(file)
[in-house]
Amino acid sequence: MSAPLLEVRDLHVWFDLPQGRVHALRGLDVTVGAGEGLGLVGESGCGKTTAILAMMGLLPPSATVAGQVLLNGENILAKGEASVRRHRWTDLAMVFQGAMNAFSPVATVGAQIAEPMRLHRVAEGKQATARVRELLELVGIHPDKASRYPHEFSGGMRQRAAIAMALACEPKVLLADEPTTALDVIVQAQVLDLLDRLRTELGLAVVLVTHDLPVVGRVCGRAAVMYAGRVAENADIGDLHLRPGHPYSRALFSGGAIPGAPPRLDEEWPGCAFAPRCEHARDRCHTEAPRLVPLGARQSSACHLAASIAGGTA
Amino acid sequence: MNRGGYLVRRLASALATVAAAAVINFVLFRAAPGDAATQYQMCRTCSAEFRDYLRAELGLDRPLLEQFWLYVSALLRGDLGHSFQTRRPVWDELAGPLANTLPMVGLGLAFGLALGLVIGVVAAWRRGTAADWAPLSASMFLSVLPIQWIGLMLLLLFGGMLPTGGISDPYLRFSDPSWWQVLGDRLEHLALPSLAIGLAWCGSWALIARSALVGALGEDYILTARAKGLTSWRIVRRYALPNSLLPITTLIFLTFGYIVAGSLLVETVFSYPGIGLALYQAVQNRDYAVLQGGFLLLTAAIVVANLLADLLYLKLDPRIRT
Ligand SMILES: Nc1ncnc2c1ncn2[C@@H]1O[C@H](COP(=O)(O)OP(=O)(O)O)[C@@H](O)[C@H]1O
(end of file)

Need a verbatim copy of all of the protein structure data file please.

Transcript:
[in-house]
Amino acid sequence: MSAPLLEVRDLHVWFDLPQGRVHALRGLDVTVGAGEGLGLVGESGCGKTTAILAMMGLLPPSATVAGQVLLNGENILAKGEASVRRHRWTDLAMVFQGAMNAFSPVATVGAQIAEPMRLHRVAEGKQATARVRELLELVGIHPDKASRYPHEFSGGMRQRAAIAMALACEPKVLLADEPTTALDVIVQAQVLDLLDRLRTELGLAVVLVTHDLPVVGRVCGRAAVMYAGRVAENADIGDLHLRPGHPYSRALFSGGAIPGAPPRLDEEWPGCAFAPRCEHARDRCHTEAPRLVPLGARQSSACHLAASIAGGTA
Amino acid sequence: MNRGGYLVRRLASALATVAAAAVINFVLFRAAPGDAATQYQMCRTCSAEFRDYLRAELGLDRPLLEQFWLYVSALLRGDLGHSFQTRRPVWDELAGPLANTLPMVGLGLAFGLALGLVIGVVAAWRRGTAADWAPLSASMFLSVLPIQWIGLMLLLLFGGMLPTGGISDPYLRFSDPSWWQVLGDRLEHLALPSLAIGLAWCGSWALIARSALVGALGEDYILTARAKGLTSWRIVRRYALPNSLLPITTLIFLTFGYIVAGSLLVETVFSYPGIGLALYQAVQNRDYAVLQGGFLLLTAAIVVANLLADLLYLKLDPRIRT
Ligand SMILES: Nc1ncnc2c1ncn2[C@@H]1O[C@H](COP(=O)(O)OP(=O)(O)O)[C@@H](O)[C@H]1O